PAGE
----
How to Be Fluent in German in 3 Months

How to Be Fluent in German in 3 Months

by Adriana Stein

Updated October 7, 2020

Adriana knows a thing or two about learning German, having moved to Germany from America. She gives us her tips on how you can learn German, and quickly. 

Tips on how to learn German quickly

As someone who has learned German as an adult, I won’t lie to you and say that German is easy to learn without practice. But the good news is that if you’re familiar with English (or are a native English speaker like me), there are a lot of English words and phrases that are the same in both languages, such as “information”, “finger” and “minute”. 

The tricky part for most, however, is German grammar. During my time at German language school, we spent a lot of time going over German grammar. And while it is definitely complex, there is a lot of fun to it, too (I particularly love making up composite words). What I can also say is that grammar isn’t as important as you might think. The most important is that people can understand you, and that you can understand others well enough to have a fluid conversation. In my opinion, this “fluid conversation” is what makes a person “fluent”, so I’ve compiled a few helpful tips to get you there. 

1. Comprehend basic grammar

In order to get to “fluency”, you need to spend a lot of time practicing, but this can be done in a short period of time if you’re dedicated enough. If you’re looking to be fluent in German in 3 months, you’ll want to give the Lingoda Sprint Marathon a go, because you learn the ins and outs of German grammar, get to practice speaking with native speakers, and also learn to form your own sentences.

I would personally stress this third point: learn to form your own sentences. While many popular language apps give great vocabulary, they often don’t teach you how to use this vocabulary in different contexts and how the grammar is formulated. When you know how basic grammar works, you can combine vocabulary and grammar to create your own sentences. It’s this point that propels you forward in becoming fluent, because when you learn to format sentences in a German way, you also begin to think “like a native German”.   

woman learning german and writing in her notebook

2. Keep your practice relevant for you

Becoming fluent in German doesn’t mean learning every vocabulary word there is to know (this is actually impossible anyways due to composite words). For example if you’re learning German to work in business, it probably doesn’t make sense to learn German philosophy vocabulary. If you’re learning German to study Engineering, it might not make so much sense to learn tons of food-related vocabulary. 

Ask yourself: what is my purpose for learning German and what related vocabulary and phrases do I need to know to feel comfortable speaking in German efficiently and effectively? Once you have this answer, this is what you should focus your practice on. If you opt for the Lingoda Marathon, you have the opportunity to choose topics that are exactly related to what you need to learn.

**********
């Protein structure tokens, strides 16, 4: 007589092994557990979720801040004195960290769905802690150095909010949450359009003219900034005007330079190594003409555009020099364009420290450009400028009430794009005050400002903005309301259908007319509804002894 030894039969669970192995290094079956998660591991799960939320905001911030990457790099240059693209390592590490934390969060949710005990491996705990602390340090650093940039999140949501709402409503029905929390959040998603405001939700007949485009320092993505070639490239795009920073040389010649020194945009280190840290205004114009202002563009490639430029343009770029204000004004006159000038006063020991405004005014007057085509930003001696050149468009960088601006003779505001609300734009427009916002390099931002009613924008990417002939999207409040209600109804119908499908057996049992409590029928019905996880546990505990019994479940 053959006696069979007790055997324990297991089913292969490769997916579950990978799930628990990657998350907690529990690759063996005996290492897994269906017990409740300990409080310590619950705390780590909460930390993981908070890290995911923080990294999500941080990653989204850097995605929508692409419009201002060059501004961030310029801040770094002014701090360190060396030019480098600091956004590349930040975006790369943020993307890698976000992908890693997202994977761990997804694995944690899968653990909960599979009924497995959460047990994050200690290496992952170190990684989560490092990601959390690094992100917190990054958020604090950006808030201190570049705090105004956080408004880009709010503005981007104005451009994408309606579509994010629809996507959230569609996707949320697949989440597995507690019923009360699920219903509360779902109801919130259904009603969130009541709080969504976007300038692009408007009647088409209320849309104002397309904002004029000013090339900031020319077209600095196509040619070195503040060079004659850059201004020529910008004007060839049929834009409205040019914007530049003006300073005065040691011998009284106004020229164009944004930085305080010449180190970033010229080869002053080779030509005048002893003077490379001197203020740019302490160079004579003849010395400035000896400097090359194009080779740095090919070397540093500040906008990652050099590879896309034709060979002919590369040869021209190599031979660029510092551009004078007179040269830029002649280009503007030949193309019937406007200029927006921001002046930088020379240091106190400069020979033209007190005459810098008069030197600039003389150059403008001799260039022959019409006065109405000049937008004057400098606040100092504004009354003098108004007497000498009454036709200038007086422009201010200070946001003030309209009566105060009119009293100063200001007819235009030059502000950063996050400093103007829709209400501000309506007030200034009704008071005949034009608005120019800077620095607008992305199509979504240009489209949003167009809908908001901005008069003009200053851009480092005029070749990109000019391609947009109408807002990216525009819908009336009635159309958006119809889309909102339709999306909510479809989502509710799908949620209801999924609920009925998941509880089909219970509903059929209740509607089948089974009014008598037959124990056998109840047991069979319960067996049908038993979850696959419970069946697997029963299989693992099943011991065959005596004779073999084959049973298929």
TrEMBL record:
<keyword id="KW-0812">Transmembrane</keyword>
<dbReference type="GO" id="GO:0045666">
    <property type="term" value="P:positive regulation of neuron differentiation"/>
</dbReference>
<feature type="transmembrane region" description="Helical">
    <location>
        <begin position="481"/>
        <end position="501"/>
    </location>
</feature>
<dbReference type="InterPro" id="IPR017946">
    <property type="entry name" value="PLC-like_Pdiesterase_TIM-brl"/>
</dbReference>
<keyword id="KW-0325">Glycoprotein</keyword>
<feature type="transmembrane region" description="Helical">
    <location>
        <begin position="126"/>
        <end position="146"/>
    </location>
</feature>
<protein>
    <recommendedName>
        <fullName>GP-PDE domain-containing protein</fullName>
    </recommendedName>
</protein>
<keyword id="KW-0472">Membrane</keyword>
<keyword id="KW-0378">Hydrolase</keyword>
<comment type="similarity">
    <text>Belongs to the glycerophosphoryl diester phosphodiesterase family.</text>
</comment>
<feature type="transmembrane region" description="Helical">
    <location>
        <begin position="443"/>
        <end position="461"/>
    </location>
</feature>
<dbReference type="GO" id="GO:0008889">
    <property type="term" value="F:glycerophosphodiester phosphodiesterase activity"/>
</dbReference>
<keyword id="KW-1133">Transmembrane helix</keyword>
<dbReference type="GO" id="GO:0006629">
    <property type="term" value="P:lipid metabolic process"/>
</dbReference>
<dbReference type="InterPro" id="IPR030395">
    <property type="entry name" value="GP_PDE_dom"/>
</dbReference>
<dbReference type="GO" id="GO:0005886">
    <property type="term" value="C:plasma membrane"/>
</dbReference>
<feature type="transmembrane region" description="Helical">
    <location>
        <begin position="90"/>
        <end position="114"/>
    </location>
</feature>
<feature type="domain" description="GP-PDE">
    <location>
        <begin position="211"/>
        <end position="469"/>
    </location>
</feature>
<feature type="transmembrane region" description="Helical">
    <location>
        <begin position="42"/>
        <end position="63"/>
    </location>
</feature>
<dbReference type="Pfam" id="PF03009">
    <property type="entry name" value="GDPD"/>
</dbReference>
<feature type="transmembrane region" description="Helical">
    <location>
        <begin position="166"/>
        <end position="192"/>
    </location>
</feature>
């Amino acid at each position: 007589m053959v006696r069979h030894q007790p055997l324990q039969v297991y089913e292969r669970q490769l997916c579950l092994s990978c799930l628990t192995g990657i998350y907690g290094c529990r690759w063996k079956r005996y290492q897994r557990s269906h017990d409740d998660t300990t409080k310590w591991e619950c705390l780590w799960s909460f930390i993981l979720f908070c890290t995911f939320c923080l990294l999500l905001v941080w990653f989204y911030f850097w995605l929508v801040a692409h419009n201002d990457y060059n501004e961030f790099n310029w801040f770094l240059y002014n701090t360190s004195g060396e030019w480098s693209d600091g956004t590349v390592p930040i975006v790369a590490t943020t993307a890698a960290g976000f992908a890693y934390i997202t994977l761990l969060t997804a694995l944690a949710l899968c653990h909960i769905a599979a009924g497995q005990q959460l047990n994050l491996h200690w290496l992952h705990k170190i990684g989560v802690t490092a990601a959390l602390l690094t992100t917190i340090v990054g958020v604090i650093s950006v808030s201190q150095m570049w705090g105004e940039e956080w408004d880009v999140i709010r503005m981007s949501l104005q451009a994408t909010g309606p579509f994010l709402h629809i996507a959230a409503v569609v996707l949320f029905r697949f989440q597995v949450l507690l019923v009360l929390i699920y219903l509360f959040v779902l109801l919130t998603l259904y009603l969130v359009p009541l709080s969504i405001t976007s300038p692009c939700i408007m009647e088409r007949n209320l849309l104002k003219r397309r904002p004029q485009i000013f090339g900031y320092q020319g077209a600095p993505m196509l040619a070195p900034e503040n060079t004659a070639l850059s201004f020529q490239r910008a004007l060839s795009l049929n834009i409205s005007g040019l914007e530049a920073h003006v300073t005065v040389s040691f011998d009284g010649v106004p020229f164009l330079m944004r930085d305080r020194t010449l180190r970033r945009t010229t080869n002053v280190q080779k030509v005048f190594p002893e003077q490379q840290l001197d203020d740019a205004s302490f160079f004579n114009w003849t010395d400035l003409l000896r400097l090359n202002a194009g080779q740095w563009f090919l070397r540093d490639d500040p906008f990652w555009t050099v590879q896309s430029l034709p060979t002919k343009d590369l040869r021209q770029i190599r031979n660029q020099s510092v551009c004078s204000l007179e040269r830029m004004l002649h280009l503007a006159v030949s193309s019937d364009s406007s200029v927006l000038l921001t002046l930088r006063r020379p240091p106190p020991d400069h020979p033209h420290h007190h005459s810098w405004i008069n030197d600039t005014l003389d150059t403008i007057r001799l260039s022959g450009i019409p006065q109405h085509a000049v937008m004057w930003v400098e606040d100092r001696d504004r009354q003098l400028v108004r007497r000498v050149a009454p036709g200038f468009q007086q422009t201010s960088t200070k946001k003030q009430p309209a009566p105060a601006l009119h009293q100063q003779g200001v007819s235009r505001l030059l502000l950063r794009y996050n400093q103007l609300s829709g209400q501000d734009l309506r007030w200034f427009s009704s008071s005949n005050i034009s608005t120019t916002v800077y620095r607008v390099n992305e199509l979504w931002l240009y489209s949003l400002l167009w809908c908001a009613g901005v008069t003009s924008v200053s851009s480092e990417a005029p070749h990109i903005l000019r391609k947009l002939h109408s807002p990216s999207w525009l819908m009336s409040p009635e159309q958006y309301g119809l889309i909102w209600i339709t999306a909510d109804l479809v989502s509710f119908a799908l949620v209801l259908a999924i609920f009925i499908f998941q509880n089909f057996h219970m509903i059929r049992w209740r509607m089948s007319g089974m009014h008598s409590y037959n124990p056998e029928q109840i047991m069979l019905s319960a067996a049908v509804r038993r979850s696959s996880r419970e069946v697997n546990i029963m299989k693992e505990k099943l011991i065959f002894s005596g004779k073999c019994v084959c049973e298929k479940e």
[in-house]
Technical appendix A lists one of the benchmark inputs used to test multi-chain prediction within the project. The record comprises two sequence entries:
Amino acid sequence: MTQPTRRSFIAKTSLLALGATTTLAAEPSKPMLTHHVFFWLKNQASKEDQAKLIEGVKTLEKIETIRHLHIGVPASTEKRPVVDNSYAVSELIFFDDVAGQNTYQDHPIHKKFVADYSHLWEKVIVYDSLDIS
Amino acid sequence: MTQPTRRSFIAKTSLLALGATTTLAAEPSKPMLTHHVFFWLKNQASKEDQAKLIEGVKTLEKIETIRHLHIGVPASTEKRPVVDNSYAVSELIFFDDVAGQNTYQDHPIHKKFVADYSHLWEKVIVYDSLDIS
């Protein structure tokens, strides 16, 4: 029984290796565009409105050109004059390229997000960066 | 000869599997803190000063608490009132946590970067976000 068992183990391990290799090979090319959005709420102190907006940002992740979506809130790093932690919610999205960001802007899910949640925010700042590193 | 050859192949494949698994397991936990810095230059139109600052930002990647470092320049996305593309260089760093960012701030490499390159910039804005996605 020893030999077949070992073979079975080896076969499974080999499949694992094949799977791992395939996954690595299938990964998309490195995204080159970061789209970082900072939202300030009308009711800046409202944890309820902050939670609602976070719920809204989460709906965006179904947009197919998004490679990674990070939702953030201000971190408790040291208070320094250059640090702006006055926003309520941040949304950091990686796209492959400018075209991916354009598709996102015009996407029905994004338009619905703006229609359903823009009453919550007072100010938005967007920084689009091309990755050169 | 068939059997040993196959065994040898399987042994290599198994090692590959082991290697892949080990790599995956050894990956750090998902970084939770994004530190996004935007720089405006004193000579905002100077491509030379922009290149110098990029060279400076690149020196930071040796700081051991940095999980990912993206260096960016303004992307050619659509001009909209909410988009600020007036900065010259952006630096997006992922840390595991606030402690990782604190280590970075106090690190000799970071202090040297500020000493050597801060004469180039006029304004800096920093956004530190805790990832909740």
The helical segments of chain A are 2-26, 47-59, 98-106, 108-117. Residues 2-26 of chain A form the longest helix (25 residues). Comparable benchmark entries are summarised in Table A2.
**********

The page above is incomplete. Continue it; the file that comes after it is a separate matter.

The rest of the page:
3. Listen to and watch German media to hear native speakers

Learning German at a higher level means formulating your sentences and manner of speaking like German native speakers. While you may spend a lot of time doing this in German class with your teacher, this is a constructed environment. You still need to go out and practice on your own to hear how German speak on a daily basis, because this is how you understand things like acronyms, slang, accents, and contextual vocabulary. 

If you don’t live in Germany (and even if you do), a great way for doing this is listening to German media. This could be the radio (I always found the radio helpful for preparing for German phone calls, because you can’t see the speaker) or even watching German Netflix or other TV shows. If you’re struggling at the beginning, use German subtitles (but never English or your native language!) so you can still read when you don’t understand something. I’ve learned some great vocabulary with this method as well.

4. Don’t strive for perfect grammar

I realise I mentioned grammar in the first section as one of the most important things to learn. Yes, grammar is super important, but perfect grammar is never the most important. Those who aren’t native speakers will face grammar issues for quite some time when learning German. You have to start with a mindset that accepts it will never be perfect, plus the fact that Germans simply don’t care. They don’t expect you to have perfect grammar and will be happy just to have a conversation with you at all in their native language. What hinders a conversation is when you ponder over grammar too much and become too slow to respond. So, forget the embarrassment and just start speaking! You’ll learn faster that way in the end anyways. You got this!

If you want to get fluent in German, and quickly, visit the Lingoda website and select your learning package. You’ll be taught by native speaking teachers and have access to thousands of learning materials. Start your free trial today.